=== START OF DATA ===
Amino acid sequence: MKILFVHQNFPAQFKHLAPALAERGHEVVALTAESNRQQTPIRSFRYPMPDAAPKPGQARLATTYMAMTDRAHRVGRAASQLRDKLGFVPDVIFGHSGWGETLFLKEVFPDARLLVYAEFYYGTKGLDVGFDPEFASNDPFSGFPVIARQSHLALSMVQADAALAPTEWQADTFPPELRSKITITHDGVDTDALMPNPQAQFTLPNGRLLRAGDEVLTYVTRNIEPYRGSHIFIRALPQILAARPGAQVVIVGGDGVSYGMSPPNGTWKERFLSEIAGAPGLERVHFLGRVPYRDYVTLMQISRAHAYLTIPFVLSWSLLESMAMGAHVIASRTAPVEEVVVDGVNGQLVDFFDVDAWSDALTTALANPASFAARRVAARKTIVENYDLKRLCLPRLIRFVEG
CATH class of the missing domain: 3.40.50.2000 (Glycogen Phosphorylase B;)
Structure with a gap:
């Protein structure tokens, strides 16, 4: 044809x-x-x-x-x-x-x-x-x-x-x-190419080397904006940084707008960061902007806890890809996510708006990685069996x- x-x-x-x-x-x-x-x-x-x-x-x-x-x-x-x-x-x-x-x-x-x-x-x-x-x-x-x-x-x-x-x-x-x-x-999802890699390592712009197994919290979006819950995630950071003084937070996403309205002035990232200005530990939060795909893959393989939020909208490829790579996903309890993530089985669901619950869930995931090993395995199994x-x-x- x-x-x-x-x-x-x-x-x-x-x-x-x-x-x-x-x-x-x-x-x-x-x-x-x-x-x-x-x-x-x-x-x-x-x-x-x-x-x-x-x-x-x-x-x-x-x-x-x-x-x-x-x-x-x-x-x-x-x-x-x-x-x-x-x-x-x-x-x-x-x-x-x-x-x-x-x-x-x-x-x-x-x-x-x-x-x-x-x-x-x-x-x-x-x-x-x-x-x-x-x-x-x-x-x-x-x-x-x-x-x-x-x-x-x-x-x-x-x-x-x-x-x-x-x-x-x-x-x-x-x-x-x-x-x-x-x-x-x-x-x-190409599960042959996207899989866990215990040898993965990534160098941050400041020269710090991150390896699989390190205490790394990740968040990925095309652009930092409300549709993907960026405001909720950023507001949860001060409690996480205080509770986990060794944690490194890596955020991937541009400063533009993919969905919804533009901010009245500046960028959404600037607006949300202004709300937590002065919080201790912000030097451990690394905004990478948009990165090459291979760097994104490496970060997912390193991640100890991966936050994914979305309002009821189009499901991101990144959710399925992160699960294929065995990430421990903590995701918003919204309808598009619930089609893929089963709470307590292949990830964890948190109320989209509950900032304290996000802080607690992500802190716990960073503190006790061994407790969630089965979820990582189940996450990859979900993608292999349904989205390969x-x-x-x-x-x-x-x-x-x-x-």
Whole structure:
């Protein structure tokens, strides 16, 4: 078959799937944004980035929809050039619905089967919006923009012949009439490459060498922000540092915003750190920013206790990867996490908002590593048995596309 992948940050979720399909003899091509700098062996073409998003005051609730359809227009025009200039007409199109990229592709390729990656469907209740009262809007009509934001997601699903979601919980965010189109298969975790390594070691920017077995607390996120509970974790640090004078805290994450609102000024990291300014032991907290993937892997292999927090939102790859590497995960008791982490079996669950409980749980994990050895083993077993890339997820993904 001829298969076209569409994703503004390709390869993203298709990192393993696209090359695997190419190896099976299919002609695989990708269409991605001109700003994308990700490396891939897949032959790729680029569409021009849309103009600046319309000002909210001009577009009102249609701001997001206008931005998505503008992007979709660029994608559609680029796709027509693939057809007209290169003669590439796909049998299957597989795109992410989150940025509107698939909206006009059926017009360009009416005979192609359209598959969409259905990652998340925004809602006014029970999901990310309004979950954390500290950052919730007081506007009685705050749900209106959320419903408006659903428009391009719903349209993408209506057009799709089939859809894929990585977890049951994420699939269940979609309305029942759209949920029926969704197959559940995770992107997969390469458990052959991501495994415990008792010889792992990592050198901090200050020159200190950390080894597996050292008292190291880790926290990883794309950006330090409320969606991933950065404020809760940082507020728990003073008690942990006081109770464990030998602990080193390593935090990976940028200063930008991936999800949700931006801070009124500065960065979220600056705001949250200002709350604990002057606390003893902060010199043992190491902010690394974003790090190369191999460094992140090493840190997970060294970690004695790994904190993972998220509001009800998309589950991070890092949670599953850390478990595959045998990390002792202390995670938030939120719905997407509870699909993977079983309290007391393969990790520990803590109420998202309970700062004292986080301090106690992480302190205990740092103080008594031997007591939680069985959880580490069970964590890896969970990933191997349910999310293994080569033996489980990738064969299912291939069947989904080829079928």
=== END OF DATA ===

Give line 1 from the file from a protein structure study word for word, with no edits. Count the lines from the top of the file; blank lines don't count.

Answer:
Amino acid sequence: MKILFVHQNFPAQFKHLAPALAERGHEVVALTAESNRQQTPIRSFRYPMPDAAPKPGQARLATTYMAMTDRAHRVGRAASQLRDKLGFVPDVIFGHSGWGETLFLKEVFPDARLLVYAEFYYGTKGLDVGFDPEFASNDPFSGFPVIARQSHLALSMVQADAALAPTEWQADTFPPELRSKITITHDGVDTDALMPNPQAQFTLPNGRLLRAGDEVLTYVTRNIEPYRGSHIFIRALPQILAARPGAQVVIVGGDGVSYGMSPPNGTWKERFLSEIAGAPGLERVHFLGRVPYRDYVTLMQISRAHAYLTIPFVLSWSLLESMAMGAHVIASRTAPVEEVVVDGVNGQLVDFFDVDAWSDALTTALANPASFAARRVAARKTIVENYDLKRLCLPRLIRFVEG